They really aren’t that hard, but lots of folks who claim to be cooks fear to make omelets…shame that, because once you learn they are great for turning whatever is in the 'fridge or pantry into a meal. I think they are excellent for beginning cooks, as the encourage experimentation, and drive home the point that you can screw up pretty badly and still put decent eats on the table.
You need few items of “special” equipment: A wire whisk (though I have used a fork in a pinch) and a small mixing bowl with tall sides. A smallish frying pan, preferably non-stick, but well seasoned cast iron is fine. Too large of a pan will be a problem, unless you have a large appetite, and make 4-5 egg omelets. I’ve never used one of those hinged omelet pans, and frankly can’t see the point. I’ve made omelets backpacking with dried eggs, in a mess-kit frying pan, so don’t let lack of equipment stop you.
~1 teaspoon water per egg. Not critical, less for fresh eggs, more for ones that have been in the fridge for a couple weeks (they lose water over time). Measure till you get the hang of it, but eventually you’ll just splash some in, based on how the eggs came out of the shells.
Salt and pepper to taste.
Whisk the eggs and water to a foamy froth. Pour into a hot frying pan (see WhyNot’s advice above, but I might suggest olive or canola oil instead of butter)
Now for the tricks:
The omelet will tend to dry out on the edges, which are thin in normal shaped frying pans. To prevent this, use a spatula to smoosh the thin edges toward the middle. At the same time, tip the pan to allow runny egg mixture from the middle to run under and around the smooshed in edges. No problem if it ends up a little thicker around the edge. Do this two or three times around before folding.
Wait until there is only a little runny egg on top. You can fold in half, or in thirds. Takes practice. Don’t worry, you can totally mess it up, and still have a yummy meal. (And you will mess it up the first 10 times at least!) Practice so you can make it come out pretty for company though. Don’t wait until the top is dry, or the “hinges” will break.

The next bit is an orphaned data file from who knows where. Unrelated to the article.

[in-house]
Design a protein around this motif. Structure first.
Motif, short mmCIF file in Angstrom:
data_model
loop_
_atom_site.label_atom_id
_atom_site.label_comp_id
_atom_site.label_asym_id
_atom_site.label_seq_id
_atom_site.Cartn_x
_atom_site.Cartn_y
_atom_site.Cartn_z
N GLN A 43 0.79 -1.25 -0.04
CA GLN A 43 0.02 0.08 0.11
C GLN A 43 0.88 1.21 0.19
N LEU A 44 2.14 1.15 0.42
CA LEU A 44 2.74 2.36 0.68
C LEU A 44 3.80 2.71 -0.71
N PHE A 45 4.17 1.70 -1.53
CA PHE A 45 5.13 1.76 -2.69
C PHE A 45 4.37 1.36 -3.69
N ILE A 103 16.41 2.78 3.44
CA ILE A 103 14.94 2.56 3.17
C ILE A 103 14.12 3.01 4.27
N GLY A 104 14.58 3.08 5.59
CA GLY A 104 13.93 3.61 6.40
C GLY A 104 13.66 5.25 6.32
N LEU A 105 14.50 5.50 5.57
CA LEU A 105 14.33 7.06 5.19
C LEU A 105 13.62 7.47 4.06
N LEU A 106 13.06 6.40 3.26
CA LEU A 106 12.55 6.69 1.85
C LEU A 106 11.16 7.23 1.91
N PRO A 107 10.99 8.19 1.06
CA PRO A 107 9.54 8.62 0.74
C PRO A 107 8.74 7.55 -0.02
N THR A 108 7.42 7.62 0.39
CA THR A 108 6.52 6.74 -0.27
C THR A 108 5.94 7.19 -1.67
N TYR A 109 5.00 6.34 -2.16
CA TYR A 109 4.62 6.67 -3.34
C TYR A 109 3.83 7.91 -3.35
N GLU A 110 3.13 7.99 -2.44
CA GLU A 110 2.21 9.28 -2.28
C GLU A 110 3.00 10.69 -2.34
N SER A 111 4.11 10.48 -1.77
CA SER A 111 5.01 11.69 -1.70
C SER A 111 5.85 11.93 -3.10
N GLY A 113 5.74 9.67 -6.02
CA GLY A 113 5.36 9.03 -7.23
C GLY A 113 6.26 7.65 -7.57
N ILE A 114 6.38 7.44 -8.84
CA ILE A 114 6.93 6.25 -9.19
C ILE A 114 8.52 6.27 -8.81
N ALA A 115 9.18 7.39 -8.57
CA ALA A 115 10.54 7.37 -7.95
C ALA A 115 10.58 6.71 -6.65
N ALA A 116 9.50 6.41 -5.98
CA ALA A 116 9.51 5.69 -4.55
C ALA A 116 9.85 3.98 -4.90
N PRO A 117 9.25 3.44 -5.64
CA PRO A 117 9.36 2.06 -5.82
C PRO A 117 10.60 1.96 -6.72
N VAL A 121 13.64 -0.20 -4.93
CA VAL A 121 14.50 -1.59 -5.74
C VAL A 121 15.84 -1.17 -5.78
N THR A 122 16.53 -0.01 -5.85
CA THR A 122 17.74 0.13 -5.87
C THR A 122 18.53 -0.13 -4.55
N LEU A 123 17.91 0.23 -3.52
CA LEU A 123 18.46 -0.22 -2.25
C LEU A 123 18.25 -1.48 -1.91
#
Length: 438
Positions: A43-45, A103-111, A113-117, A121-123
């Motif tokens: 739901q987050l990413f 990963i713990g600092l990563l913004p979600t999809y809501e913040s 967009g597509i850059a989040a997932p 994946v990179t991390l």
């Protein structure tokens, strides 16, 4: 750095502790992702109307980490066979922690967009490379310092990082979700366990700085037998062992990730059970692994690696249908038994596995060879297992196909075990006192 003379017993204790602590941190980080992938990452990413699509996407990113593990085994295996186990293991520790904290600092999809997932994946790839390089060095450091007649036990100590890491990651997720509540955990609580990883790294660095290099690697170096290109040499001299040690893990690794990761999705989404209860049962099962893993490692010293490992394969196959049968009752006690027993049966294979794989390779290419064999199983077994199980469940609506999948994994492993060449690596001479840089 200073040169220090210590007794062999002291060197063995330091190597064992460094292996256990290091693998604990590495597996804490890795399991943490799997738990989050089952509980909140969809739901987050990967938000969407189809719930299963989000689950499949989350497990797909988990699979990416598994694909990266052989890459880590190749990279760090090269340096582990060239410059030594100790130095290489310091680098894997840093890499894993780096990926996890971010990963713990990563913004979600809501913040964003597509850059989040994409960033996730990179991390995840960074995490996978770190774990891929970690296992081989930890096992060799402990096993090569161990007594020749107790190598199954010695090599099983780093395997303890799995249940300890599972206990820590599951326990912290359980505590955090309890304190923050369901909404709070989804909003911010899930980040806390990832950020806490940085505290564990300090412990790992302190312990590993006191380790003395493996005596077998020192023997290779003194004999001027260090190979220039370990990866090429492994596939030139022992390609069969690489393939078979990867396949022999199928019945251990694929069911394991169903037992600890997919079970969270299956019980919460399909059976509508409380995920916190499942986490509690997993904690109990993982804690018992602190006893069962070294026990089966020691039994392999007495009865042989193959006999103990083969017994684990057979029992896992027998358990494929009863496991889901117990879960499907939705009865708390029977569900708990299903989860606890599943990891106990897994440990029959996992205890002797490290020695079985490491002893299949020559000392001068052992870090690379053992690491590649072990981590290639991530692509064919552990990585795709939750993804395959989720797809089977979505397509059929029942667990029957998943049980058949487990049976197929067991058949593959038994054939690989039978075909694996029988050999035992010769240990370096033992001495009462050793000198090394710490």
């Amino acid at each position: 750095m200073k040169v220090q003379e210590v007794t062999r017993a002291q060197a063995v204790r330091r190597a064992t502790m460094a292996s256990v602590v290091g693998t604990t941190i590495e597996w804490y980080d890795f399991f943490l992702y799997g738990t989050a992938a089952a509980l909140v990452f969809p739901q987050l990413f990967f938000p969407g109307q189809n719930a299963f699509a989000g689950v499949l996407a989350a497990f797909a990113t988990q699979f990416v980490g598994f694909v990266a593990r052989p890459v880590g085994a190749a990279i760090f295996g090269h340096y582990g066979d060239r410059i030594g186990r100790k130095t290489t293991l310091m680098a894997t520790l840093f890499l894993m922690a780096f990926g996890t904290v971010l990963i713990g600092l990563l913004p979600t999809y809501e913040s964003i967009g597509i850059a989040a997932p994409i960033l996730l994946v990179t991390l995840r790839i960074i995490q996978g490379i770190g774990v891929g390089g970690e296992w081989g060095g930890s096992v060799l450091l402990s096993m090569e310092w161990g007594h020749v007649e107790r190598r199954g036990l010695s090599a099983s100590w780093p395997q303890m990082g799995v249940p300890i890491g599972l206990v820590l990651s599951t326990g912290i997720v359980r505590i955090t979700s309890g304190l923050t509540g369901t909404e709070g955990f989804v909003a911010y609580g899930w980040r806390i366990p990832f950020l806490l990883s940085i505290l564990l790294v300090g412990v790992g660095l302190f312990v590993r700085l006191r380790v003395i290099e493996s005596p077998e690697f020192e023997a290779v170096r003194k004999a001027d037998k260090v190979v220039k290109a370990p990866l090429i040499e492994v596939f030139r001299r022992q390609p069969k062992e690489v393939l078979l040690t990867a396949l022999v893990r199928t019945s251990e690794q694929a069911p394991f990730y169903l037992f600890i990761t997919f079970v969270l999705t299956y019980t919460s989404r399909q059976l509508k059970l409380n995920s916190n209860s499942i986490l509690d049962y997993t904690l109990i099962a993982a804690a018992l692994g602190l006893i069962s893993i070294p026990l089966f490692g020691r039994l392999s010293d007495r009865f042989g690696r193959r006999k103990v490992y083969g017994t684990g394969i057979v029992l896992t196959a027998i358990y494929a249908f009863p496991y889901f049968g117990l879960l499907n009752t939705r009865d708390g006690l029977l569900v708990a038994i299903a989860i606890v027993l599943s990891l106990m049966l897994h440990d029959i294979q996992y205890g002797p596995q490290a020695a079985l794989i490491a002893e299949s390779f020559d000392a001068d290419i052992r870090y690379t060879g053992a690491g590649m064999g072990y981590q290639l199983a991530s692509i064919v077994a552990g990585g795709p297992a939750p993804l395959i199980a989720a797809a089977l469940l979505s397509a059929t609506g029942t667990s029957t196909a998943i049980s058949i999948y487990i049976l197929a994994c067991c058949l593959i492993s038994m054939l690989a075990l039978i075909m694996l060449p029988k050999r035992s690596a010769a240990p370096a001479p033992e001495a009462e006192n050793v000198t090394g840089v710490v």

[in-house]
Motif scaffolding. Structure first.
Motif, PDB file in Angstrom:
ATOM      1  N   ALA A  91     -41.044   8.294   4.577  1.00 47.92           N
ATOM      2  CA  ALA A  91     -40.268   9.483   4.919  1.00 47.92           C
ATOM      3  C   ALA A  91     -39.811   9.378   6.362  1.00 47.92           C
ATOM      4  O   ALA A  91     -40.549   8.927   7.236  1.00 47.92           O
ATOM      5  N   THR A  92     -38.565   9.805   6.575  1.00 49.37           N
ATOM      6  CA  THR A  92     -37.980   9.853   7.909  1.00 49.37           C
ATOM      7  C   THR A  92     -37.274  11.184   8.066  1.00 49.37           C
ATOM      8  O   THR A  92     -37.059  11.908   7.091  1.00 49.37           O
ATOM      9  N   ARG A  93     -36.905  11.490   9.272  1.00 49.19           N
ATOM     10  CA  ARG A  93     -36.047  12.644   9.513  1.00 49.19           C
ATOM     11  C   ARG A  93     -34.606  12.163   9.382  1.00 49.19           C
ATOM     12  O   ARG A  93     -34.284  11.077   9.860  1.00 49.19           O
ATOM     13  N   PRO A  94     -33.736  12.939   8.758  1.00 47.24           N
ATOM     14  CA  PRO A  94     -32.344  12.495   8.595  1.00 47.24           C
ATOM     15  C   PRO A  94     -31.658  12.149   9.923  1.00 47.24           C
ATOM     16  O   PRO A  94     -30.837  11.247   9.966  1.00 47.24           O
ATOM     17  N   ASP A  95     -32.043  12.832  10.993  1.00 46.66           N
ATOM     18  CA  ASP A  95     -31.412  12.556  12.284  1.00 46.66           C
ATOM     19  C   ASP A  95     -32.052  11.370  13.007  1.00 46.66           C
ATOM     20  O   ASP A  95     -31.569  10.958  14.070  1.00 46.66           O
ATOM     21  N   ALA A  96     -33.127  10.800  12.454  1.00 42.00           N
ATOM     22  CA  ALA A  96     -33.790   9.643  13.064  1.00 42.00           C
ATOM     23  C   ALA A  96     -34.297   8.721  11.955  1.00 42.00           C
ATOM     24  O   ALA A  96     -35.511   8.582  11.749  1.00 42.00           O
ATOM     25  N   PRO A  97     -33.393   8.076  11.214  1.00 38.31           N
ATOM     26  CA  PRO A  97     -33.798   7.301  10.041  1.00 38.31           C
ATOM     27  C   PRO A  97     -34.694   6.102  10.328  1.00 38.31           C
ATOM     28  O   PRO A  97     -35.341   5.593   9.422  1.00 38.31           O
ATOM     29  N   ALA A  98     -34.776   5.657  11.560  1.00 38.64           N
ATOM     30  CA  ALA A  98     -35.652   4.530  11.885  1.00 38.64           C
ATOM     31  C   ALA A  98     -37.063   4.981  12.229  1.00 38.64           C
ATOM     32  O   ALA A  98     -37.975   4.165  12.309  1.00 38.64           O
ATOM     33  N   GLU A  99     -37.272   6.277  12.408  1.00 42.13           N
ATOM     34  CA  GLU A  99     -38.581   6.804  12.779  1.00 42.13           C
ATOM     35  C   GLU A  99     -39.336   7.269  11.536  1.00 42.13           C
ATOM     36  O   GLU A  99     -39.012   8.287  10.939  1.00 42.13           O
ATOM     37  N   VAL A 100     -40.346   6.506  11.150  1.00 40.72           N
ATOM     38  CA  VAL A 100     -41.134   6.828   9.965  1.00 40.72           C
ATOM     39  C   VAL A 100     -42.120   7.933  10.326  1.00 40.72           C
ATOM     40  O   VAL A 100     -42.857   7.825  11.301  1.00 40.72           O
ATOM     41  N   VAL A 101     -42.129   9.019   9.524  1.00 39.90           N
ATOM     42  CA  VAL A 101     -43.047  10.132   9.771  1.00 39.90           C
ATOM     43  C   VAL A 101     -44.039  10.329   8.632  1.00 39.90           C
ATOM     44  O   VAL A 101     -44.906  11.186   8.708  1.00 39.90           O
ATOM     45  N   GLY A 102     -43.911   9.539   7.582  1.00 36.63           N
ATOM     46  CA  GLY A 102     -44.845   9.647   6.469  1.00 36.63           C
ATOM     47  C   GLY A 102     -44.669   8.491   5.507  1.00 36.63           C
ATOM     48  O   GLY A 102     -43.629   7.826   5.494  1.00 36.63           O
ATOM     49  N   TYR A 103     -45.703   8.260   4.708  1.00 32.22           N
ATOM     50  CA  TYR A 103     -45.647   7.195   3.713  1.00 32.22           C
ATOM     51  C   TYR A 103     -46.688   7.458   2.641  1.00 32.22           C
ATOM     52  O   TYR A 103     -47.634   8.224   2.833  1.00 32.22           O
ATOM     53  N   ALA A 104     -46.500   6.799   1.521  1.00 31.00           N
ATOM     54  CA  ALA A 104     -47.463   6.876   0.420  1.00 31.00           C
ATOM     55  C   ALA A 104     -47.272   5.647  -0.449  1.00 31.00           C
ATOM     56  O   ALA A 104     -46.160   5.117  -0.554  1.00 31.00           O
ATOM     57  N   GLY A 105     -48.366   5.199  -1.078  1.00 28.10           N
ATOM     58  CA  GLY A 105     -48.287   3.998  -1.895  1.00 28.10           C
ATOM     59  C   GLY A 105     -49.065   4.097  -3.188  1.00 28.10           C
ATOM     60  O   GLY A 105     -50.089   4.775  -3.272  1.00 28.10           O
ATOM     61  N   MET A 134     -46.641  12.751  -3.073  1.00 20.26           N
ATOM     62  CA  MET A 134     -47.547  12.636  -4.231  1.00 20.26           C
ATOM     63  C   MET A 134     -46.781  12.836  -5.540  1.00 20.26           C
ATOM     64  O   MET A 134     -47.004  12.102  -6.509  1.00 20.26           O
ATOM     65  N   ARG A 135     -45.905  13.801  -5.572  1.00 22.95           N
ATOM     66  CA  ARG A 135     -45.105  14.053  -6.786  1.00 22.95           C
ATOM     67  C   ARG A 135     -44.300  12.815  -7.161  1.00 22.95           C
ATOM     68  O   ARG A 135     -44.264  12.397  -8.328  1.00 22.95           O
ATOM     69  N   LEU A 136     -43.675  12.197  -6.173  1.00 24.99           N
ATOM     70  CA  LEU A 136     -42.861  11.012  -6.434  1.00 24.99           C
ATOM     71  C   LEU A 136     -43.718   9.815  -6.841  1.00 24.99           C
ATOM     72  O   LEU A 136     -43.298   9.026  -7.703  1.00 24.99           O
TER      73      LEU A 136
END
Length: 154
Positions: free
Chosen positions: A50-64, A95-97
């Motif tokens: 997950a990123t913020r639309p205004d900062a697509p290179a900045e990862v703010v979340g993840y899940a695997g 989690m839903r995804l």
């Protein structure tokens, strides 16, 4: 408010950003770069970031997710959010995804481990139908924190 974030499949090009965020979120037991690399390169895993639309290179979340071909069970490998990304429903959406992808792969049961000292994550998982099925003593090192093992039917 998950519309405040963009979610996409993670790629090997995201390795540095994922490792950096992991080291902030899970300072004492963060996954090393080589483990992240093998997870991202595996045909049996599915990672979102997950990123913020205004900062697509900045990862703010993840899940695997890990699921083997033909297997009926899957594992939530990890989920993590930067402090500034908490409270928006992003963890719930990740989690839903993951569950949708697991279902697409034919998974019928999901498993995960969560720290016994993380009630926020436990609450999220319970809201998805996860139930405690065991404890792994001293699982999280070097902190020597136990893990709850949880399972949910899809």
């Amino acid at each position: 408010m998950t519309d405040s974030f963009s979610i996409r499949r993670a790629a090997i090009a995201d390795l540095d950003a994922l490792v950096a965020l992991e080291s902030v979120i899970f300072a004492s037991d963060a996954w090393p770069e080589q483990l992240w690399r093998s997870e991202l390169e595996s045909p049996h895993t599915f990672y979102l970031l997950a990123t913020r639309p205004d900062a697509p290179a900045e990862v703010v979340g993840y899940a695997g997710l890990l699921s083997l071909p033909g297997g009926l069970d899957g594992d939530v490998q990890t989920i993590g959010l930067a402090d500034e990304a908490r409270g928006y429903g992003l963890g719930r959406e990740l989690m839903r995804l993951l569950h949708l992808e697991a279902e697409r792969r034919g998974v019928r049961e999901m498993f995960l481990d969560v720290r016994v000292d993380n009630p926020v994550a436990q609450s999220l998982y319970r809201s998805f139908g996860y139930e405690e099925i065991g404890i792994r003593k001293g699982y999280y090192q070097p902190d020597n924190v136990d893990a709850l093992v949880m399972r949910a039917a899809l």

The omelet can continue to cook on the bottom after folding, but to finish the cooking, you need to turn the whole shebang over. With a lot of practice, loosen with a spatula, and flip flapjack style. Lacking such practice, lay a plate face down on top of omelet, turn plate and pan over, leaving omelet on plate, slide omelet off plate back into pan.
Cover pan with vented, or poorly fitting lid. A piece of foil will work fine. If you under-cook, you will have a little raw egg in the middle…doesn’t hurt a damn thing, and much less gross than burned egg. With practice, you will learn to get a nice lacy light brown on the outside.
Fillings, though, are what make omelets truly wonderful. I divide fillings into two classes, stirred-in, and folded-in. You can use one or both kinds in the same omelet.
Stirred-in. Mix these into the egg mixture prior to pouring into pan:
Chopped spinach, either fresh or frozen.
Chopped onion, either fresh or dried.
Crumbled fried bacon, or chopped ham.
Sprouts, bean sprouts or alfalfa sprouts.
Chopped green pepper
Note, the vegetables above can be added raw, or sauteed beforehand. Both are great, but the flavor and character changes.
Folded-in: Lay these on top of the omelet prior to folding:
Cheeses…Swiss cheese, Feta, Parmesan, Mozzarella, Cream cheese, etc. Heck even Kraft singles are great. Sliced or grated, doesn’t matter. Good cheddar tends to curdle and give up a lot of free oil, so it is the only cheese I would avoid.
Thinly sliced meat of any kind.